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In 841 the Norse began to form permanent settlements on the east coast of Ireland. The creation of bases where they could spend the winter gave them greater range and flexibility in their attacks, for they could now access any part of the British Isles during raiding season. Ironically, this also made it easier for their victims to retaliate, for their entire community was now also within reach. The most famous and important of these new settlements was at Dublin.
The Norse attacked southern Britain in 841 and by 851 they were spending the winter in parts of England. Continued Viking assaults across the British Isles brought about social turmoil and an almost complete reconfiguration of political structures. The kingdom of Northumbria collapsed in the chaotic conditions of the ninth century and the Picts of the far north seem to have been completely overrun and conquered by Norse invaders.
In the mid-9th century the Norse were also colonizing the southern Hebrides, displacing Gaelic communities and effectively shutting down the kingdom of Dál Riata. The impact of Viking activity is visible in many spheres: previous settlement and social patterns in the Irish Sea region were disrupted, old fortified royal sites abandoned, and there was a decline in élite art and patronage in the 9th and 10th centuries. The inland Pictish kingdom of Fortriu was exceptional in being relatively unscathed by Viking aggression.
The Norse were not, themselves, a unified, homogenous society, and internal divisions began to appear. Some 160 warships were sent to impose Danish rule on the Norse in Ireland in 849. In 851 the Danes (called in Gaelic Danair or Dub-Gaill “Black-foreigners”) attacked the Norse settlements of Dublin and Linns.
In 853 a three-day battle between Danes and Norse happened in Carlingford Lough. At about this time, Oláfr (Gaelicized as Amlaib), the son of the king of Laithlind arrived in Ireland, and all of the Norse seem to have submitted to him as overlord. He took control of Dublin and established an alliance with the Norse leader Ivarr.
This Ivarr (Gaelicized as Ímar, † 873) established the first Norse dynasty to dominate the Irish sea province; this ruling kindred, the Uí Ímair, formed a loose federation of lordships from the late-ninth century and into the early tenth century which included the Outer Hebrides, Islay, the coast of Antrim, the Rhinns of Galloway, the Isle of Man, and Dublin.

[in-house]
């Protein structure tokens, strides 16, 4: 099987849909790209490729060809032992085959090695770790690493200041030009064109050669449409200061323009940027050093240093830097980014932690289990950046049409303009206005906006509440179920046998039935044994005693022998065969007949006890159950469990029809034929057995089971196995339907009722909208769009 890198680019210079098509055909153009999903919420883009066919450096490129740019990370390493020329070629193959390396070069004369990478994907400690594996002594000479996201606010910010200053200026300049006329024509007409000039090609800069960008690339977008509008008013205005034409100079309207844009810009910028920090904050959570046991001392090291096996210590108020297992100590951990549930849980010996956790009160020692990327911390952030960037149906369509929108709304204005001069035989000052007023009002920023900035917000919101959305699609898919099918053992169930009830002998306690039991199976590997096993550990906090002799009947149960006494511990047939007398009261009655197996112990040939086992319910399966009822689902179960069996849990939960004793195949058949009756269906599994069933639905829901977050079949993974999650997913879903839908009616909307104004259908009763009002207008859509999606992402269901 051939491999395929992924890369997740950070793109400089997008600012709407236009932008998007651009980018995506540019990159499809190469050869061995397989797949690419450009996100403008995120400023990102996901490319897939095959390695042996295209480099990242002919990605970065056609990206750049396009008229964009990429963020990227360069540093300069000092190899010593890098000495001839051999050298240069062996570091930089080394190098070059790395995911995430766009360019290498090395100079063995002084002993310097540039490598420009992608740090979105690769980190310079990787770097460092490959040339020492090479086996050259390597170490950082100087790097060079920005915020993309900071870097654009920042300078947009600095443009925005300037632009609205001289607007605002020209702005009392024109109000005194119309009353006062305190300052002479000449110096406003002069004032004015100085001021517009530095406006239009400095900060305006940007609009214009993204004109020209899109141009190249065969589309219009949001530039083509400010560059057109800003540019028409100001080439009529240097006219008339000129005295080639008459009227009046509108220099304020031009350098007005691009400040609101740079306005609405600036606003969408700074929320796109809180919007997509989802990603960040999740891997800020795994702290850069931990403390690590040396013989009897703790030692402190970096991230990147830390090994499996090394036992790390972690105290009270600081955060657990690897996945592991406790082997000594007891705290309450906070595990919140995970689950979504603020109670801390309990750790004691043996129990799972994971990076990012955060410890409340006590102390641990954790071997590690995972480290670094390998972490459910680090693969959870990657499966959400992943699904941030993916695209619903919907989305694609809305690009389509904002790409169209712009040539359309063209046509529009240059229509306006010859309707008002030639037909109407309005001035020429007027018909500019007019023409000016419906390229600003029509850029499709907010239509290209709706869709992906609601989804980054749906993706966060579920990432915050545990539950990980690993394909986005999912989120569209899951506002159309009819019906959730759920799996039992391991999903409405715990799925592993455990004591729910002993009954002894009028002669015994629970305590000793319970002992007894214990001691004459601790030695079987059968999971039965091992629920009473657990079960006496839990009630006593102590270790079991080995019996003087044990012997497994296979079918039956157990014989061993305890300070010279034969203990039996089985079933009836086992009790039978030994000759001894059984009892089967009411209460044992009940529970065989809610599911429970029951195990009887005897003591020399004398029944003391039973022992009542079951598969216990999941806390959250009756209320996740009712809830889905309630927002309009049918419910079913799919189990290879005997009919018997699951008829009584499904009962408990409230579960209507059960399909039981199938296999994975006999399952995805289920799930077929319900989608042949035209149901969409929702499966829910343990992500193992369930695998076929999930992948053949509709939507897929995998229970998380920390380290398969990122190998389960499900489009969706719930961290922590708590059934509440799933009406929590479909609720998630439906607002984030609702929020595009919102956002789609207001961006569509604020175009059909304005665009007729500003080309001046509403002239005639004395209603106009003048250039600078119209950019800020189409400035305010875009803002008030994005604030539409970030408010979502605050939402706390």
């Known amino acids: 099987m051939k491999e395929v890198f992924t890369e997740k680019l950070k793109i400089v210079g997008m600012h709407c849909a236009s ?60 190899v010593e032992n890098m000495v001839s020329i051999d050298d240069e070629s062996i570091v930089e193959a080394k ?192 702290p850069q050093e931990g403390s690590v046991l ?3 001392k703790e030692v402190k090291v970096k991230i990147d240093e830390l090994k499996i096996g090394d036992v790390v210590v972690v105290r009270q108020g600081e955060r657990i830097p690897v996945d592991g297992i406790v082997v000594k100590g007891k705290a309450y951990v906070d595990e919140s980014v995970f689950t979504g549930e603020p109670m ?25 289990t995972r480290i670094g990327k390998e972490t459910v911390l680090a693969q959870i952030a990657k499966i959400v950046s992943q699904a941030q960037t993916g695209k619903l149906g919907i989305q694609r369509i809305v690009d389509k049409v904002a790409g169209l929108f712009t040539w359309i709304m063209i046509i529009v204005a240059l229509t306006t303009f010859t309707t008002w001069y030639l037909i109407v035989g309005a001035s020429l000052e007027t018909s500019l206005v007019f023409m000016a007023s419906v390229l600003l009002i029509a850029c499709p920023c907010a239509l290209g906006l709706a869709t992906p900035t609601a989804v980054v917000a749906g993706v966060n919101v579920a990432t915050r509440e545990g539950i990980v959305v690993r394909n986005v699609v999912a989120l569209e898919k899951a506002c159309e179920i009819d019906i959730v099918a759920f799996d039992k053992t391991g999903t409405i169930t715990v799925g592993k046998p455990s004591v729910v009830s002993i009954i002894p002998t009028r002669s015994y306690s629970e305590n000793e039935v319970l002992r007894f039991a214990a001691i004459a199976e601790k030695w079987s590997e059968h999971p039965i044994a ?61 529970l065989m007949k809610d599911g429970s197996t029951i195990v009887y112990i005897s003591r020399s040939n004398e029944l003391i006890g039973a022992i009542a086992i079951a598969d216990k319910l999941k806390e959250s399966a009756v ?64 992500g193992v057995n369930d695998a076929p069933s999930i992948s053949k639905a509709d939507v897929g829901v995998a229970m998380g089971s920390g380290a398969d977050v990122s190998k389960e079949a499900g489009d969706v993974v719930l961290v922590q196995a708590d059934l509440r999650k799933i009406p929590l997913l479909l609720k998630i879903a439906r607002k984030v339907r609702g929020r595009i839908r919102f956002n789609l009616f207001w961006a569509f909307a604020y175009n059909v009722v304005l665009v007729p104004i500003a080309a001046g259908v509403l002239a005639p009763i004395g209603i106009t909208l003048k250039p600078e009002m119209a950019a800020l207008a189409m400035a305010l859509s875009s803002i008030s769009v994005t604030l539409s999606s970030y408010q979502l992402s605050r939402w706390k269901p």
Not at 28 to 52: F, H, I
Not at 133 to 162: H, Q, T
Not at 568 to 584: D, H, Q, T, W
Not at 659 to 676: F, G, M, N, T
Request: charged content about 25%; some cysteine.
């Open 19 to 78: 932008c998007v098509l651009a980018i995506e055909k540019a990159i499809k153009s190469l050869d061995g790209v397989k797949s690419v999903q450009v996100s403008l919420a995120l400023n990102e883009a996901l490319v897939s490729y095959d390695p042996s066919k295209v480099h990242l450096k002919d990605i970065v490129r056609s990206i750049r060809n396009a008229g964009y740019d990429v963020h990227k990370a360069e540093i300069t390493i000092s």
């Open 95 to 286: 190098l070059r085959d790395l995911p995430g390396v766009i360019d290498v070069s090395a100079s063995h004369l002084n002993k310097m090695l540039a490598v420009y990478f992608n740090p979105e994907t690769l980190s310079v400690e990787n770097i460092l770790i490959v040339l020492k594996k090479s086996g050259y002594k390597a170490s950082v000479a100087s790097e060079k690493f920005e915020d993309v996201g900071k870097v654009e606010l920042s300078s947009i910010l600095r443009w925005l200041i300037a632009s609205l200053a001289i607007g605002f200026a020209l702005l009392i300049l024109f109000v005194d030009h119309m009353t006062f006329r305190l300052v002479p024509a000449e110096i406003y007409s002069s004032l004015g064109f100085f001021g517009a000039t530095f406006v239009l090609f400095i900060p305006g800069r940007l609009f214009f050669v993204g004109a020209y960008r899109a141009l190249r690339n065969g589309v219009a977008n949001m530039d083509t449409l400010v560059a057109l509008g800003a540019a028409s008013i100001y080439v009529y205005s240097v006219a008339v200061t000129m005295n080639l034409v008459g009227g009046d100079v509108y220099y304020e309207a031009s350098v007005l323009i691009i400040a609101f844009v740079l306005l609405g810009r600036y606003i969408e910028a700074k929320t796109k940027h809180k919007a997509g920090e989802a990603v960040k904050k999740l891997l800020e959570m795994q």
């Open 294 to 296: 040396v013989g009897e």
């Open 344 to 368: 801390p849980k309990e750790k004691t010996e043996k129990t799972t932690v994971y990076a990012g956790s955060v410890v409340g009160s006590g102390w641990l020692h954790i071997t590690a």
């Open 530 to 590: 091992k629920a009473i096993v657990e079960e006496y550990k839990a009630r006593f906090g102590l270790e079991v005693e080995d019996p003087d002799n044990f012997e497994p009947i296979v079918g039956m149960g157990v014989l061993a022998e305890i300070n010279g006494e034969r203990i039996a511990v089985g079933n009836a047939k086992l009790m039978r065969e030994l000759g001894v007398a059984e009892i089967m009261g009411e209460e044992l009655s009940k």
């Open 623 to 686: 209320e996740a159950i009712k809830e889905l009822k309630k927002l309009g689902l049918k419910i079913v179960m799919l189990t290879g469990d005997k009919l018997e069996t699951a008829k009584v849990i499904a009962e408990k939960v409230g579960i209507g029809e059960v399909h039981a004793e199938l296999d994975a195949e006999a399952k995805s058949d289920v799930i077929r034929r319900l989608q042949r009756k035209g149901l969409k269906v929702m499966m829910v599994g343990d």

Now starting to “settle down,” the Norse began to be drawn into Gaelic affairs. By 859 the Gaels began to use Norse forces as allies or mercenaries, as when king Cerball mac Dúnlainge of Ossery used Norse warriors in his struggles against the southern Uí Néill.
The Norse of Dublin seem to have been riven by internal conflict in 893, for reportedly half of the inhabitants sided with the sons of Ivarr and left for a year. These problems seem to have weakened the colony enough for the Irish to retake Dublin in 902 and drive the Norse out. This must have made other Norse settlements in Ireland feel insecure about their positions, for many others joined them. They scattered over northwest England and southwest Scotland; the evidence demonstrates that there were many Gaels amongst them and that their dialect of Norse had been influenced by contact with Gaelic.
Ivarr’s dynasty (the Uí Ímair of Dublin) re-established their dominance in a naval battle in 914 near the isle of Man, defeating the Vikings of Waterford (Ireland).
In 917, Sitriuc, the grandson of Ivarr, retook Dublin with a large host and built a new and larger settlement, demonstrating a well-crafted urban plan not modeled on Scandinavian styles. The new Norse city of Dublin became the hub of a wide-ranging Norse trade network connecting the European continent to the Northern Isles. Relations between Gael and Gall became much easier as the Norse converted to Christianity during the 10th century; when Godfrith, grandson of Ivarr, attacked Armagh in 921, he spared the holy men and sacred buildings.
Even the ambitious Norse-descended leaders needed the approval of their Gaelic peers: Óláfr Sigtryggsson (†981, Amlaib Cuarán in Gaelic), the king of Norse Dublin, married Gormlaith, the daughter of the king of Leinster and his daughters had Gaelic names. He was rewarded a poet for a Gaelic eulogy sometime between 945 and 980 and was a supporter of the Columban church. When he died in 981, he was buried in Iona. The Gaelic language enjoyed a resurgence by the eleventh century as the descendants of the Norse assimilated to Gaelic linguistic and cultural norms.
What do the following texts say about the identity of the Norse (and Celts) at different time points? What cultural perceptions, and social and political processes, do these indicate?